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Why and How Do I Write the History of Science?

Published online by Cambridge University Press:  30 October 2013

Roger Smith*
Reader Emeritus in History of Science, Lancaster University, UK, and associate of the Institute of Philosophy and of the Institute of Psychology of the Russian Academy of Sciences, Moscow, Russia E-mail:


I make a large claim for the intellectual and institutional centrality of the history of science as critical reason. The reality on the ground, of course, does not always exhibit this. I trace the vicissitudes of my own way of thought in relation to developments in the field, leading to an interest, first, in relating intellectual history (with its philosophical orientation) to mainstream (evidence based) history, and second, to finding a place for the human sciences in the history of science. The latter area, which involves questioning the nature of science as knowledge, leads to an engagement with notions of being human. It is an interest which potentially makes the history of science a boundless field, and it is necessary to comment on the questions, both intellectual and practical, that this raises. I welcome a notion of the history of science as a family of activities, and I relate this to practices which seek models of good history rather than explicit methods.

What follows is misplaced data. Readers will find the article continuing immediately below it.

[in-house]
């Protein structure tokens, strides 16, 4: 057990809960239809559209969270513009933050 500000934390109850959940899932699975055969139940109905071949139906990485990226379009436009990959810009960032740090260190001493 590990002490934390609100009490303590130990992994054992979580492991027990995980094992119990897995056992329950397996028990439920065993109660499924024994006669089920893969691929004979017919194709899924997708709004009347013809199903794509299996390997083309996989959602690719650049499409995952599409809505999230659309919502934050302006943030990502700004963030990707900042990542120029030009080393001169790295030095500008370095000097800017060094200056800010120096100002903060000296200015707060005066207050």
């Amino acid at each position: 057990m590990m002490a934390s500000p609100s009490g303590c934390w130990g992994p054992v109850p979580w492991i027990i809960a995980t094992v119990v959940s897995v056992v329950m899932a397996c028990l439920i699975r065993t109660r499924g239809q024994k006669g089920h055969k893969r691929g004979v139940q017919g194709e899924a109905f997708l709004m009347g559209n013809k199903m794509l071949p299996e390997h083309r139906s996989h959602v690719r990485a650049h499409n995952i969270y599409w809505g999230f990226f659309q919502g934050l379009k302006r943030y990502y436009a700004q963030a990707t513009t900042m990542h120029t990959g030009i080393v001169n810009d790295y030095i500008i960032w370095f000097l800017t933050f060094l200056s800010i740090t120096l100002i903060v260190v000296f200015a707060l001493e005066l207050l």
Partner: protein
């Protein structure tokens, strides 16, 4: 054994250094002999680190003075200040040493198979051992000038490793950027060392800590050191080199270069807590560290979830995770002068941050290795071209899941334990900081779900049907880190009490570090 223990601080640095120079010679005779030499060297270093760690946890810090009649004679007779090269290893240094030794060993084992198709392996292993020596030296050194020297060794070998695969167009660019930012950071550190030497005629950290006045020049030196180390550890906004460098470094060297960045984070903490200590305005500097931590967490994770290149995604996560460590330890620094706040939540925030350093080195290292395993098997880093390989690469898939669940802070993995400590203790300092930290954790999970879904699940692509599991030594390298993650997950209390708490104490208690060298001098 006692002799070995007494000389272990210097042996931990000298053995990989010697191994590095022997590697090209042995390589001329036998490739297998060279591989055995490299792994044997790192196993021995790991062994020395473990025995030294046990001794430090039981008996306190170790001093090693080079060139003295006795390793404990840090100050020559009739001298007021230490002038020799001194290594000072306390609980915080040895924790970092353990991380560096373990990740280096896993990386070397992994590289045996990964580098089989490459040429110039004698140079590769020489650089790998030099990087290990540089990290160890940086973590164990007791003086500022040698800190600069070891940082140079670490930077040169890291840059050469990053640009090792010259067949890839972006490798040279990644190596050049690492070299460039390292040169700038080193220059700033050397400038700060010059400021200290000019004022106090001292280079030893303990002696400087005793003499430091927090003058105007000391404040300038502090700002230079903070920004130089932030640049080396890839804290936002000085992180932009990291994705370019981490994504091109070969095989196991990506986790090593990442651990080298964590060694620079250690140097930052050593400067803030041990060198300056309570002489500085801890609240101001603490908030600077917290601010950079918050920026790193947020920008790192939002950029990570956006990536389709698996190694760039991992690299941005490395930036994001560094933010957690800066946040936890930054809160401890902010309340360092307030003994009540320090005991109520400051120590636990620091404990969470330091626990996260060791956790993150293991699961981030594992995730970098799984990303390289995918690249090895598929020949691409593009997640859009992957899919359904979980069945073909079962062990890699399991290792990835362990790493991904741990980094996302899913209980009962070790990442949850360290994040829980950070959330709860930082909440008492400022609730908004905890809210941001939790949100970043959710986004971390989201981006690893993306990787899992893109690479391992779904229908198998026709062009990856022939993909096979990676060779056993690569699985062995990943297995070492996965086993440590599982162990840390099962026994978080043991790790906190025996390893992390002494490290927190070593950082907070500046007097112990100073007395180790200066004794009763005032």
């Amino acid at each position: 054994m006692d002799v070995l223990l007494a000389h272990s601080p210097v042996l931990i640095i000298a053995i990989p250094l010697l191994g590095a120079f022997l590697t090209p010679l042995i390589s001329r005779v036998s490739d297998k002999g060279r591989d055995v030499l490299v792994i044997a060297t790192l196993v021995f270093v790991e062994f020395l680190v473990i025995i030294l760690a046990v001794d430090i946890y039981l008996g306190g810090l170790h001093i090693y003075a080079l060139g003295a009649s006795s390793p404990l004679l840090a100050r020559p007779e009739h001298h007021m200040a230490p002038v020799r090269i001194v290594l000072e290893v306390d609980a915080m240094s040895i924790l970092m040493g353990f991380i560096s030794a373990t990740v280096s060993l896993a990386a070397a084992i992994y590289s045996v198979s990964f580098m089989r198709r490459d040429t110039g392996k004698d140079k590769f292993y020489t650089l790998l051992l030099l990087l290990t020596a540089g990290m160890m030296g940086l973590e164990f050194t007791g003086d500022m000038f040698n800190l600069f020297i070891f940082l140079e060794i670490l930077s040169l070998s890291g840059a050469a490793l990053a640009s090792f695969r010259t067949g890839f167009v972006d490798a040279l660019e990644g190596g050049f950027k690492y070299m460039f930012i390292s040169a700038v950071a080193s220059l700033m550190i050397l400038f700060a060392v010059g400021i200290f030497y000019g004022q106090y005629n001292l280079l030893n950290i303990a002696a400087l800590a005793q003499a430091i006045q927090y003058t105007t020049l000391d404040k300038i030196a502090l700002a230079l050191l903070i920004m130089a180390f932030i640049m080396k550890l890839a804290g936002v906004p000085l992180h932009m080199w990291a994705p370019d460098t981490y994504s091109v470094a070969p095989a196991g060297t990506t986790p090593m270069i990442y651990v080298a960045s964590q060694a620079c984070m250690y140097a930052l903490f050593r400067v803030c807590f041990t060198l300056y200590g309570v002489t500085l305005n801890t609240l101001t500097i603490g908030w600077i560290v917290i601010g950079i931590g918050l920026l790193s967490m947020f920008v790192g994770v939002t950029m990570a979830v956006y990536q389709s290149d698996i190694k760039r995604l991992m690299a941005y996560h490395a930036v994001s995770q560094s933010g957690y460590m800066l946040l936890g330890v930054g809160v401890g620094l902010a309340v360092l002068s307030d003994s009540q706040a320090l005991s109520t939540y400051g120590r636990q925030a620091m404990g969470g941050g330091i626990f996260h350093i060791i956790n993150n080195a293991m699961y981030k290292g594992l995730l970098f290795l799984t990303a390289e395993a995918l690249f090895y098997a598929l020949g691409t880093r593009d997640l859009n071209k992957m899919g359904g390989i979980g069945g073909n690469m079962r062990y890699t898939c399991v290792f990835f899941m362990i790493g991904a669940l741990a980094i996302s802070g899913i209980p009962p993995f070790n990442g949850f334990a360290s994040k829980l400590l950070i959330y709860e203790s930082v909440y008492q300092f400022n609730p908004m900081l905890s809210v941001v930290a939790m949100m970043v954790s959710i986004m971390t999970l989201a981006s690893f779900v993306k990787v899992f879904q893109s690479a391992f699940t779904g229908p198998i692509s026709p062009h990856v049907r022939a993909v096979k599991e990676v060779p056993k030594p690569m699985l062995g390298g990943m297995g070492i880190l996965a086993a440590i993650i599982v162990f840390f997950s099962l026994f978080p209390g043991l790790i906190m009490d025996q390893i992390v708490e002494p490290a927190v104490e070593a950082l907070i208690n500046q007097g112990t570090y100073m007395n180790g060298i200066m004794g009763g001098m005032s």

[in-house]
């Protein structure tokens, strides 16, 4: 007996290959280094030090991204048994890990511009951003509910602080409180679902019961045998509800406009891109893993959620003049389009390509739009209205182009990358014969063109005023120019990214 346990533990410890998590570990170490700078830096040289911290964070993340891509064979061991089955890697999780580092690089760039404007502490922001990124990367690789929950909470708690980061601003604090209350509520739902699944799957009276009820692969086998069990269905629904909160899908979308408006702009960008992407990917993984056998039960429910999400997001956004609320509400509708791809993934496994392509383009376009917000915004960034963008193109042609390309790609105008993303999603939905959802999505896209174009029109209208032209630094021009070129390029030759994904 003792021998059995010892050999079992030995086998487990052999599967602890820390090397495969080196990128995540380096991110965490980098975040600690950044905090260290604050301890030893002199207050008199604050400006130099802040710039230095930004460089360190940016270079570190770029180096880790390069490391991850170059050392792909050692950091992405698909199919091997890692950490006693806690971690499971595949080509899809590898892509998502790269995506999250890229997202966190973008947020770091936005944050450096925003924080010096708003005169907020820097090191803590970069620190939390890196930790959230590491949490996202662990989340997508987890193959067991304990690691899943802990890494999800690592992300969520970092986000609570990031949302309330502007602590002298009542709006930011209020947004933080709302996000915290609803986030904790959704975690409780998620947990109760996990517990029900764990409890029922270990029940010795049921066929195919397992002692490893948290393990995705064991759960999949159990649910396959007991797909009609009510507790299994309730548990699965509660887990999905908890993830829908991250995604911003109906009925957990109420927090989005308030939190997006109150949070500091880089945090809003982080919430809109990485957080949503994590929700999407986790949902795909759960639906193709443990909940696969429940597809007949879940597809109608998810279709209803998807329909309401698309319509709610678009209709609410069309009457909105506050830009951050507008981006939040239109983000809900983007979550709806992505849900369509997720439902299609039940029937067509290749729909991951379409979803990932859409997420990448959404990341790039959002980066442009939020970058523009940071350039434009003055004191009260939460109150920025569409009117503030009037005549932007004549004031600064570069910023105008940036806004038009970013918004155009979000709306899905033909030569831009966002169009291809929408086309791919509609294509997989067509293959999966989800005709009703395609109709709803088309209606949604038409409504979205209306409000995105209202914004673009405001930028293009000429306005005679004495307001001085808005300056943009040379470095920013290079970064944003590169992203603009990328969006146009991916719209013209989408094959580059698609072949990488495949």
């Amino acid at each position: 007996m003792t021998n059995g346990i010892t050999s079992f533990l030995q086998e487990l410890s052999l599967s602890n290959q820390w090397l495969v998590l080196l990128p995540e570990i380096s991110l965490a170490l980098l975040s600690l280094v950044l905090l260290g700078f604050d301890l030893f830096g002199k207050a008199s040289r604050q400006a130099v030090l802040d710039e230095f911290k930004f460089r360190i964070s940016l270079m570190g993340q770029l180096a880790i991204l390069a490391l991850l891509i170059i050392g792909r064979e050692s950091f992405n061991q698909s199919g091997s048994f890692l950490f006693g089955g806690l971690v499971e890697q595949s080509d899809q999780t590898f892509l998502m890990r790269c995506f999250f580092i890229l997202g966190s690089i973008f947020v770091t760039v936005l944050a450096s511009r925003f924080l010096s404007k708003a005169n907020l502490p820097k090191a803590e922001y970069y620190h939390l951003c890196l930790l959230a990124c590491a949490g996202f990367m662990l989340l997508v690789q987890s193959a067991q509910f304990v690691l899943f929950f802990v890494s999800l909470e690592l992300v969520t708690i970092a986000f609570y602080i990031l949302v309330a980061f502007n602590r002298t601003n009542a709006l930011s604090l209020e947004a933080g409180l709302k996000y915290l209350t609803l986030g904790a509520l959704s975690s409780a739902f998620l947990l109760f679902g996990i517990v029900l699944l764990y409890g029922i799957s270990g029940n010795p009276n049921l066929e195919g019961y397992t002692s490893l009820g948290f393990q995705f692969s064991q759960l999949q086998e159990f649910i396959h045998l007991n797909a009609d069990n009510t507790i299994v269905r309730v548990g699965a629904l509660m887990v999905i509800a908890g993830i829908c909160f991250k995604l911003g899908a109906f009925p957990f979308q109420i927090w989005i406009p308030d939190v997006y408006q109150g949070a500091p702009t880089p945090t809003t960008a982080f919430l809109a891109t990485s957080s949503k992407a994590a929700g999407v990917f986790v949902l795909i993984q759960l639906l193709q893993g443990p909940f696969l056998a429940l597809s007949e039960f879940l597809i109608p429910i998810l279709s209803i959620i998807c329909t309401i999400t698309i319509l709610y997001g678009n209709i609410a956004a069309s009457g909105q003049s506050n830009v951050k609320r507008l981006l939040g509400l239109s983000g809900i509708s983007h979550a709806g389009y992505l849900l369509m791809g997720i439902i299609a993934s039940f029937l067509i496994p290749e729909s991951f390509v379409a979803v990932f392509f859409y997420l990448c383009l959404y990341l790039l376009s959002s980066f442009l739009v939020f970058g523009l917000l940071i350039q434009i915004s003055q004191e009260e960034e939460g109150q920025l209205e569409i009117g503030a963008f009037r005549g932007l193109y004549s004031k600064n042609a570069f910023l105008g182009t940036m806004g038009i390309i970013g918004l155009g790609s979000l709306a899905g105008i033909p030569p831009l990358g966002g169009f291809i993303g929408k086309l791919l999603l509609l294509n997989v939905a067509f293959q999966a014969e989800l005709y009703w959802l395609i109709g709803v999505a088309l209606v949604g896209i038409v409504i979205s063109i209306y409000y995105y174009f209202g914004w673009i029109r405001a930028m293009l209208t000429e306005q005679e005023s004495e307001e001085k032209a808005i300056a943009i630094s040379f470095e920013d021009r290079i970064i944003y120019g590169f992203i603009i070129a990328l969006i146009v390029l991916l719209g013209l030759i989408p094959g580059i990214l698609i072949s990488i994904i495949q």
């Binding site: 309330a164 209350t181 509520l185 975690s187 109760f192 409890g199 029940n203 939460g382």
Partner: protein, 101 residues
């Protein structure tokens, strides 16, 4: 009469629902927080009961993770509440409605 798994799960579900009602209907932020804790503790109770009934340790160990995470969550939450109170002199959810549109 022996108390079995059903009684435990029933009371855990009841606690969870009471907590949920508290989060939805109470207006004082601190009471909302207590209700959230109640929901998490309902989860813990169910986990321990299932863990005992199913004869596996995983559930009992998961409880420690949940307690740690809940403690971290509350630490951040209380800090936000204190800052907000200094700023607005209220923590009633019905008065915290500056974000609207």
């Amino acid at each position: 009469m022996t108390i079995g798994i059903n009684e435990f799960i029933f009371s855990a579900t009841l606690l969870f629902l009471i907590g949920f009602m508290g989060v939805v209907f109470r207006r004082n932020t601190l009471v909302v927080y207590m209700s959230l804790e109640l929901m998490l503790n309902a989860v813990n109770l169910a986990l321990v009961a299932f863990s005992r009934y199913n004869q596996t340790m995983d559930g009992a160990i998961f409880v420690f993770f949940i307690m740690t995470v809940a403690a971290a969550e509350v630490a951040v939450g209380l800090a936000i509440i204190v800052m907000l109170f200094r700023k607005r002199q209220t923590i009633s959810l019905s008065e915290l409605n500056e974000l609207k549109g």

Research Article
Copyright © Cambridge University Press 2013 

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